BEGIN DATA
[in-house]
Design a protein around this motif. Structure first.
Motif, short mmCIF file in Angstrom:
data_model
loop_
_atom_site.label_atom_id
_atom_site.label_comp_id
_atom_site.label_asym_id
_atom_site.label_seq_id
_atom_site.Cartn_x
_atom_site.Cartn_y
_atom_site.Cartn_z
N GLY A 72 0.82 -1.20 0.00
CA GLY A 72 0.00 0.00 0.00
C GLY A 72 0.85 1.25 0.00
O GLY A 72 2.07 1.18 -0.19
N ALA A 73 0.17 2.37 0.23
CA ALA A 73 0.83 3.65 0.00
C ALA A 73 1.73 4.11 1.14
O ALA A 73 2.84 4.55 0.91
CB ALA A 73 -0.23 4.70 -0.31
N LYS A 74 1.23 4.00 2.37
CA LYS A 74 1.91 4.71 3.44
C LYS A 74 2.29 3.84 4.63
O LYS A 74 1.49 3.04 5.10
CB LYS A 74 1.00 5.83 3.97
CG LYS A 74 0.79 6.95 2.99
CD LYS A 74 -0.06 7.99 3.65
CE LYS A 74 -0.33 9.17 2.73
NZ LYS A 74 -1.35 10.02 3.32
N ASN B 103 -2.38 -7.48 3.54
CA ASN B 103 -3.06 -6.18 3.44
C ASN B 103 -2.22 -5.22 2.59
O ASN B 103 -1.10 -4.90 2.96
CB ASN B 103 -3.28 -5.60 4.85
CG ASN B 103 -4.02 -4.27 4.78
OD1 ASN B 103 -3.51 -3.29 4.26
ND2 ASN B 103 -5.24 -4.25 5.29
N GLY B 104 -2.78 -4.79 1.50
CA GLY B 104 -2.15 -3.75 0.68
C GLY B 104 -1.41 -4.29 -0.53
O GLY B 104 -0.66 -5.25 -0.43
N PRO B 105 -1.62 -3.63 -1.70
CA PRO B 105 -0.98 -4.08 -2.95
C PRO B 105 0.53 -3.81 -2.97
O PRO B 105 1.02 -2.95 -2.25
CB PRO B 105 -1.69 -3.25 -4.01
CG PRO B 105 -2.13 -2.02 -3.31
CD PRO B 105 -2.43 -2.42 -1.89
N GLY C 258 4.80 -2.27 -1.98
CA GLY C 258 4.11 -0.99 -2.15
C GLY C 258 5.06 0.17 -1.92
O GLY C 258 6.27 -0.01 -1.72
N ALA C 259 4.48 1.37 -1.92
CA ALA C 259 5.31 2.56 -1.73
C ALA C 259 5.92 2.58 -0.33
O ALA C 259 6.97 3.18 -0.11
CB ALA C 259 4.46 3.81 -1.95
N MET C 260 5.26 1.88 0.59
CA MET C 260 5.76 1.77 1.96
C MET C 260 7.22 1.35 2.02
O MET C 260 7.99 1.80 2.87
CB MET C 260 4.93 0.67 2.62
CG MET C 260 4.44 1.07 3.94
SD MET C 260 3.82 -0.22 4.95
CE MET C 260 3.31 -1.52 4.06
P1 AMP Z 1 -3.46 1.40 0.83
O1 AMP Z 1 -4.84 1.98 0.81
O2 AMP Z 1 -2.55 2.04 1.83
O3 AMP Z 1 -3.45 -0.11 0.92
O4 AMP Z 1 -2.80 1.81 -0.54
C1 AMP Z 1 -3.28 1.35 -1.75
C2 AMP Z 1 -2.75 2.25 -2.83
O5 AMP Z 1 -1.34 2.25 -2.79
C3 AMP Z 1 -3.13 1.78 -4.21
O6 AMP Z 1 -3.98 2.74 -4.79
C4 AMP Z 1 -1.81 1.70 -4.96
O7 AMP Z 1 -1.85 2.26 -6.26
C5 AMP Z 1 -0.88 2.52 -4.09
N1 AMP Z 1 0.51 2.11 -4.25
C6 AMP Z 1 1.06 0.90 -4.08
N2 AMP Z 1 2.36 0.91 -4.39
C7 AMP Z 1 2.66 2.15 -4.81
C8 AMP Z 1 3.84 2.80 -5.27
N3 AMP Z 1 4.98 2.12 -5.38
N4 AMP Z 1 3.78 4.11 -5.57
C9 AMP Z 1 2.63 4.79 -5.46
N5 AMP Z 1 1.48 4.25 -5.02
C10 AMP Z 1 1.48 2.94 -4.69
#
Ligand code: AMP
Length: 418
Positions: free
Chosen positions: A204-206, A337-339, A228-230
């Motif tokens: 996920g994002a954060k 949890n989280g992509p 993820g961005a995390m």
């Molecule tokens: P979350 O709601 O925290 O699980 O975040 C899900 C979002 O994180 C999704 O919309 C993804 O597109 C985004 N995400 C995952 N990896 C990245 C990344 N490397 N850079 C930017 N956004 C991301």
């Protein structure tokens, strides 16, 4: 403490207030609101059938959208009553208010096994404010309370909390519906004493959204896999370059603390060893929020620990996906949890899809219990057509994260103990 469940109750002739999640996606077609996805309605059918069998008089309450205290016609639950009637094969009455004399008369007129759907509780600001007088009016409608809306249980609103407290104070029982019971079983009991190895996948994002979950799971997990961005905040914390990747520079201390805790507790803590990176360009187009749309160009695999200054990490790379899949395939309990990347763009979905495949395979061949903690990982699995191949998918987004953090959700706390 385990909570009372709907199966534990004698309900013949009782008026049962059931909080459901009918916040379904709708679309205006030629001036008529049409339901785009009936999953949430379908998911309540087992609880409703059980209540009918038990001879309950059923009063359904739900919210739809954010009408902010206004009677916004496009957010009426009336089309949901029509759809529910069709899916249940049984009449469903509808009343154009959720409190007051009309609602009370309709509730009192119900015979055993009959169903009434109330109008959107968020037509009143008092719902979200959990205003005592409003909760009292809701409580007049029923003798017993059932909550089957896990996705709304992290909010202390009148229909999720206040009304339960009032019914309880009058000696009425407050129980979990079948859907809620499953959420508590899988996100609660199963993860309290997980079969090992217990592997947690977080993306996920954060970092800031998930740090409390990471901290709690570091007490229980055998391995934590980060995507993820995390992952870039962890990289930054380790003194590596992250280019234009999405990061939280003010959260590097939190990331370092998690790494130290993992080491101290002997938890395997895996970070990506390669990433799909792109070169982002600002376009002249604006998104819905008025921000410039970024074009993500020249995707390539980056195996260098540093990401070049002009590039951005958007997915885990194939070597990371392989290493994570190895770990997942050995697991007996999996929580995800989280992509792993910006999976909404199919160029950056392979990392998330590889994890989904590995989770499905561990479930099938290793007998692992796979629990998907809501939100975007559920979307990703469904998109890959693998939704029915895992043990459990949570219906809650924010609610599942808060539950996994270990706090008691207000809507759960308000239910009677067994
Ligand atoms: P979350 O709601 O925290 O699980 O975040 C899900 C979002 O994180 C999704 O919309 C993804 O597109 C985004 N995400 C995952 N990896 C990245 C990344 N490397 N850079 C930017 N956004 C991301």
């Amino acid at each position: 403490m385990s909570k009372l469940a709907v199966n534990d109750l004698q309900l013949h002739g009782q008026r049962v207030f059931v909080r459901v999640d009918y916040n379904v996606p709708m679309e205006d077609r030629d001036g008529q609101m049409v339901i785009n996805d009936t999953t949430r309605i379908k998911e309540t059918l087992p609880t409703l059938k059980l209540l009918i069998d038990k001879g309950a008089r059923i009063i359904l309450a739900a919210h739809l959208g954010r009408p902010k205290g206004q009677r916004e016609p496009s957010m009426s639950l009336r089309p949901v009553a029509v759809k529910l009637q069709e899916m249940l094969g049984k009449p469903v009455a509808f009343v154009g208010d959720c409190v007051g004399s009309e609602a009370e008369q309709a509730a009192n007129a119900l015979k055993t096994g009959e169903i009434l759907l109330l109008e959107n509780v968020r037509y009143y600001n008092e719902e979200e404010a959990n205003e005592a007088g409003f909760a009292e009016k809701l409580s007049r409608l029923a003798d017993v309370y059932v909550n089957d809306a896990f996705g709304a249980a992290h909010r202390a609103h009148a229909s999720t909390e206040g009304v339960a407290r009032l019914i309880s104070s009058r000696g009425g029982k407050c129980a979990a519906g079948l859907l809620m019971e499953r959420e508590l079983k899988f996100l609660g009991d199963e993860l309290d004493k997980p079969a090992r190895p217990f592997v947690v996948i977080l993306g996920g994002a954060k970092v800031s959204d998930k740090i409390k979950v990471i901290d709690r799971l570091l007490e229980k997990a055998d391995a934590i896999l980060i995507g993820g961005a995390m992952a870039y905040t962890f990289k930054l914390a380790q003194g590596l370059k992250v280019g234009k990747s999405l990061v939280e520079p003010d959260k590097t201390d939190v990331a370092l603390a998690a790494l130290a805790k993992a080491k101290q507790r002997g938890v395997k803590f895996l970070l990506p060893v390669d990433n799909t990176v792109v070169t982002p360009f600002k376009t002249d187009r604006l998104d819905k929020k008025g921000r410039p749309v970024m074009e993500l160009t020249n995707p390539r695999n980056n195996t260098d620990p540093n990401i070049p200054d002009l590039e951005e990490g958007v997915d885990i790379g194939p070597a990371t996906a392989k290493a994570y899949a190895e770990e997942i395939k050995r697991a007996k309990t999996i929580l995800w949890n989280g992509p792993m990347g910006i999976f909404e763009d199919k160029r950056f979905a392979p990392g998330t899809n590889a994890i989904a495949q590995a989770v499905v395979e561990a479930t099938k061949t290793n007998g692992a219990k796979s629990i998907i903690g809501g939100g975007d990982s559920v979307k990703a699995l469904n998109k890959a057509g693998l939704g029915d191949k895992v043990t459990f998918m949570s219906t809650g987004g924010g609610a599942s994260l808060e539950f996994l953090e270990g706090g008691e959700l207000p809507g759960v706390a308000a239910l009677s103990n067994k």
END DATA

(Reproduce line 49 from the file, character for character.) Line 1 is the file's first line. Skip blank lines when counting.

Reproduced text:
CD PRO B 105 -2.43 -2.42 -1.89